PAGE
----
Mike (father of Finn and Rex): After a few months, the cycle of having to get up in the middle of the night and just the adjusted lifestyle of having to look after a baby, really did sort of collaborate with sort of issues with my wife, and issues about being a dad and there was a time where I got quite sort of depressed I think.
Phil (father of 4): I think the first two weeks was just the constancy of the whole thing it was just, um yes you get sleep and you do rest, but you never really rest as well.
Tesha and Paul (parents of newborn Mila)
Tesha: Just having someone always there and something always needing you is pretty, pretty full on now.
Mike: You get to a stage where you’re going ‘I’m not actually enjoying this, I love my child, I love my wife but I’m not very happy at the moment.’
Narrator: Sleep deprivation can contribute to postnatal depression. If you are not enjoying your baby, do what you can to get help before it gets worse.
Rita Princi (psychologist, mother of 2): The signs to be aware of are if you find that you are over protective of the baby, just watching the baby all the time and you don’t want anyone else near the baby. Or you’re withdrawing from the baby; you don’t want to be around the baby or you want other people to look after the baby; you don’t think that you are able to do the job properly. You’re neglecting food so you’re not eating properly. You find you just can’t sleep, you can’t turn off those thoughts, it’s hard to concentrate, your energy levels are really, really low; you feel really irritable, agitated, frustrated really easily... So just being aware that those signs are saying that you may have become depressed.
Onscreen text: Signs of postnatal depression
- Overprotective with baby
- Withdrawing from baby
- Not eating
- Unable to sleep
- Can’t concentrate, lack of energy
- Irritable, easily frustrated
Lani (mother of Jali): Every time someone asked how I was doing I was in tears, and then they’d say what’s wrong and I didn’t have an answer for them it was just a continual crying for days and days.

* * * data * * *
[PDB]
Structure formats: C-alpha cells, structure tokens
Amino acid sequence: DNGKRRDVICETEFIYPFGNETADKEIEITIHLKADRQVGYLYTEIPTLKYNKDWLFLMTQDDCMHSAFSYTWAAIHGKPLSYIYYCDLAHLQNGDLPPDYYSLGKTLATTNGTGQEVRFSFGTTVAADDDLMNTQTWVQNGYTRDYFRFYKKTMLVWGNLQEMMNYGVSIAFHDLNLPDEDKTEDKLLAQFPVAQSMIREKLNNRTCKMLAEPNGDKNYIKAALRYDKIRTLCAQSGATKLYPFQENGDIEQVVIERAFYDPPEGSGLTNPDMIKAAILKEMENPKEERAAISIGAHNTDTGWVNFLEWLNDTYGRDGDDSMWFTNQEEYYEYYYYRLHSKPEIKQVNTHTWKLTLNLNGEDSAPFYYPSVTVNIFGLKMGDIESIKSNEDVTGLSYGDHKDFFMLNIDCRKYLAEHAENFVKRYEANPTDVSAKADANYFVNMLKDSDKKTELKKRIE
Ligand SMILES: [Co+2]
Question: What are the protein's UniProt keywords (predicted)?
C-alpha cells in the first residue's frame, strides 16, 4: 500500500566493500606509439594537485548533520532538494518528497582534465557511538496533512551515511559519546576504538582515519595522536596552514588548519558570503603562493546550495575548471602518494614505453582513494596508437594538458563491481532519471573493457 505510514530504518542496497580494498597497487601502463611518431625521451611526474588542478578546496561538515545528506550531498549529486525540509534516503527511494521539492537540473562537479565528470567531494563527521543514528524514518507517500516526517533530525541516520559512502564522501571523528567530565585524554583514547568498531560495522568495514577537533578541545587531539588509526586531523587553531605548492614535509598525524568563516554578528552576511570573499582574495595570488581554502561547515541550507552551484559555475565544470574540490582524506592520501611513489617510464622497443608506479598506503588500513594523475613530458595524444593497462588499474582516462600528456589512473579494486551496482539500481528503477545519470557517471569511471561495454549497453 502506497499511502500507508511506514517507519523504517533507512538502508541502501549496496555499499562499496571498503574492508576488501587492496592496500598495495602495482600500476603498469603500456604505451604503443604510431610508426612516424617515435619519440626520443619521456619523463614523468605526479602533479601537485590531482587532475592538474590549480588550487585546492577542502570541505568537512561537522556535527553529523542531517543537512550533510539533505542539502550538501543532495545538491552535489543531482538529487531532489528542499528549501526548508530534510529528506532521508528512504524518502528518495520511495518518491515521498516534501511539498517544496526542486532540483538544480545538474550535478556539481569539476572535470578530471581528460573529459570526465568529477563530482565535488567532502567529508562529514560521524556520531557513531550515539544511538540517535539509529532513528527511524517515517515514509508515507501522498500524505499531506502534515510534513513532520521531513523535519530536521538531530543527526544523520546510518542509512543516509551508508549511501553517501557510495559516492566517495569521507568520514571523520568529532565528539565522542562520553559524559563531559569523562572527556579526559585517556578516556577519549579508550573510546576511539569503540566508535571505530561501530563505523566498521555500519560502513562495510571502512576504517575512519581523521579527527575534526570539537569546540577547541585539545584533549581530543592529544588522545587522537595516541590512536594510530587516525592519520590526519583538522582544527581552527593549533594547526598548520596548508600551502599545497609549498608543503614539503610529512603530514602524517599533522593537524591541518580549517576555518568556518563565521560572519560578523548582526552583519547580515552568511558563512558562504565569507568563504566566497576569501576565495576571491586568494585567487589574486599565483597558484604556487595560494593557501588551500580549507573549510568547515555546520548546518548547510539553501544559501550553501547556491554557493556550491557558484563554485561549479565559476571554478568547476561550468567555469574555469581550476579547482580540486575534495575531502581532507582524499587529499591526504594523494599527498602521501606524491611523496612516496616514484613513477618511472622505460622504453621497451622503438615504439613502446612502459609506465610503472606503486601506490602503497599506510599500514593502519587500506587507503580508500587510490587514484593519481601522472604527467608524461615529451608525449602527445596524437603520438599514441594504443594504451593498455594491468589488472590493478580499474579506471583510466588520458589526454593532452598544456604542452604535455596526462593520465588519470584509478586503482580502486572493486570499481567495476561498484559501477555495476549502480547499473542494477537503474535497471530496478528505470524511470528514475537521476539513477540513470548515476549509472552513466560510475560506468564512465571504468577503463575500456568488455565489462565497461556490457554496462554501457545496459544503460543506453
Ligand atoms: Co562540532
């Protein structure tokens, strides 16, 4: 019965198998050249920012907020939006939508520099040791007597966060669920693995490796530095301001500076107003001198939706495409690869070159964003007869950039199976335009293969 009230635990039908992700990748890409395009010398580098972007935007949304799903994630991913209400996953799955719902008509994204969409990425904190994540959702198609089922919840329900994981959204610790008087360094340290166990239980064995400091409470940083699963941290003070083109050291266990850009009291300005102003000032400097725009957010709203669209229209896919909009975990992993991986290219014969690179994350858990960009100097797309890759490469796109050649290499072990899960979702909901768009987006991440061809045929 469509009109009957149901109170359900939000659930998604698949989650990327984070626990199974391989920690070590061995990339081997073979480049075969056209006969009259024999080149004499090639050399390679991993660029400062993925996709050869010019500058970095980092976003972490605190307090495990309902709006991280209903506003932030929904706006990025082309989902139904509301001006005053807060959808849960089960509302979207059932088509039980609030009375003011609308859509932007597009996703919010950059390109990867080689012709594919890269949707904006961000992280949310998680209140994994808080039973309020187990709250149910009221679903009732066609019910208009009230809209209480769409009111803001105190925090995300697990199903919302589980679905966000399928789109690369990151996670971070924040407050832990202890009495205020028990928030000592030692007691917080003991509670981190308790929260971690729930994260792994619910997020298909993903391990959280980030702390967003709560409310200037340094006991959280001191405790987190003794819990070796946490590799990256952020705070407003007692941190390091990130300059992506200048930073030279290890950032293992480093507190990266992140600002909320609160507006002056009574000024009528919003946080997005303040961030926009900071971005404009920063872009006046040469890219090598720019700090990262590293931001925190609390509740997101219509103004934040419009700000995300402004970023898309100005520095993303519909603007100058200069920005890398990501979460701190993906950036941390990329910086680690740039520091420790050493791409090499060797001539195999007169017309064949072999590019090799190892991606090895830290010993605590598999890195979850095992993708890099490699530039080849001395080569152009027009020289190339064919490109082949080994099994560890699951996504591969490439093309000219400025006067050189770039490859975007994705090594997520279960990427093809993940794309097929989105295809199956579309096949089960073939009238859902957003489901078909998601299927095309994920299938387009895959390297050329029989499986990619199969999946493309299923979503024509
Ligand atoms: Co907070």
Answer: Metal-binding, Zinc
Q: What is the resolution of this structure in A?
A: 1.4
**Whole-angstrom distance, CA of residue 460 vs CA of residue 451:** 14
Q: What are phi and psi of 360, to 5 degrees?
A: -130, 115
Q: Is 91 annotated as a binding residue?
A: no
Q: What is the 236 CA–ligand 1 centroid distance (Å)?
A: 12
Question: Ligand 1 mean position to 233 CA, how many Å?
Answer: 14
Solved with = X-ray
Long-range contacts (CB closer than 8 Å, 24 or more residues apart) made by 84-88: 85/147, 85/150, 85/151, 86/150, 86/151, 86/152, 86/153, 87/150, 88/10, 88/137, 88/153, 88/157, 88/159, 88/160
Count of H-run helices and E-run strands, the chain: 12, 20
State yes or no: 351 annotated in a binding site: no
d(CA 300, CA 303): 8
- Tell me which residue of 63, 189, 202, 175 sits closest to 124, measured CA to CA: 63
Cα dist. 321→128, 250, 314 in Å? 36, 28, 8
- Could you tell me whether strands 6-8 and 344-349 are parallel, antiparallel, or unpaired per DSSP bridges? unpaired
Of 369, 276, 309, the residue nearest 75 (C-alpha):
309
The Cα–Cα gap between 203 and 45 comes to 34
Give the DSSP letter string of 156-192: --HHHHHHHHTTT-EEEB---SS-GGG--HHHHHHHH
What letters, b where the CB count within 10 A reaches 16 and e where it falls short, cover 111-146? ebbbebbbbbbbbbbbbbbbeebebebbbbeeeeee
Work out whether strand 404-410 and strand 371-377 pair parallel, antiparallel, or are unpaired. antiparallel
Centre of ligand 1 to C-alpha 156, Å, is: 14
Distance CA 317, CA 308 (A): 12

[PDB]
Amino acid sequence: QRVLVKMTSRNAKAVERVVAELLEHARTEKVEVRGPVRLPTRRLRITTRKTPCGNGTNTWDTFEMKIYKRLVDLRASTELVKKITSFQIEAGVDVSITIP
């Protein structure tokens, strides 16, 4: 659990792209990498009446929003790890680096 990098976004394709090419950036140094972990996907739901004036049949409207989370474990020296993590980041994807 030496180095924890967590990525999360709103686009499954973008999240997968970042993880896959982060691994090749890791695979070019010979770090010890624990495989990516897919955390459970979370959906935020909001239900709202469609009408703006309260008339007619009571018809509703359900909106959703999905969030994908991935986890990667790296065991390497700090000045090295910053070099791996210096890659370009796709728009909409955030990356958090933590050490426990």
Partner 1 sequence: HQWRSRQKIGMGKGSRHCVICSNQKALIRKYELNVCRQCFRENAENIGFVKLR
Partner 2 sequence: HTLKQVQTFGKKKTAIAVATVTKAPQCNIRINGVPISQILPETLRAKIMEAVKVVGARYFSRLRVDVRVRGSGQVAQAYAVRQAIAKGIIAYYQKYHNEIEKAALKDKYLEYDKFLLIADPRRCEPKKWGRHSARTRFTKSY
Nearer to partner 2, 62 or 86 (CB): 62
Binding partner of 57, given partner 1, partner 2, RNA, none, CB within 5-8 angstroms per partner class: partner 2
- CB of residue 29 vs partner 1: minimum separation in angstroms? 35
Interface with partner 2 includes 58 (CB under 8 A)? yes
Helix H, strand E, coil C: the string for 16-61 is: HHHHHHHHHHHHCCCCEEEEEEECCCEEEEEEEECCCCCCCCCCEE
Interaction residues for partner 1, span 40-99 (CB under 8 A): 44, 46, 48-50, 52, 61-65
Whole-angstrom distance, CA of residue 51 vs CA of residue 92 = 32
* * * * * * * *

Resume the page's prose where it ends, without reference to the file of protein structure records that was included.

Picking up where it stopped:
Deborah: I made a number of visits to the doctor, to my GP, sort of saying to her, ‘my baby just won’t stop crying,’ you know, ‘is there something wrong?’ And my GP would check her out. And in hindsight I probably should have made, you know, the visit saying, ‘I can’t stop crying’ and got my GP to look at me.
Rita: For women it can be very hormonal as well ‘cos there are so many hormonal changes happening in the body. It can also happen for fathers as well. Even though they haven’t got the hormonal changes that are happening, their life has changed. This is the biggest change we will ever have in our life and, if we believe that the changes are more that we can cope with, we can become depressed.
Lani: I sort of um took baby steps like my mum and my best friend just got me to go and sit in the backyard and have lunch in the backyard so I was actually outside and in the fresh air, looking at trees and stuff like that, um and then just a visit to my GP.
Narrator: A bit of sunshine and a brisk walk once a day can get the endorphins flowing through your body to lift your spirits.
Rita: Sometimes a GP may refer to a psychologist or a counsellor, or if you know of someone you may want to go and talk to, it’s OK. It’s not that you can’t cope; it’s that you are actually noticing here are some signs and I’m doing something about it. Rather than saying ‘no I’m supposed to be able to do this’. Because no one is supposed to do everything all on their own and it is hard and I think being able to recognise for ourselves this is the hardest job we’ll ever do, therefore it’s OK to ask for help, it’s OK to get some assistance and I’m important enough to do that and that’s a great example to give to our children ‘cos we are saying each of us as individuals are important enough to get some assistance.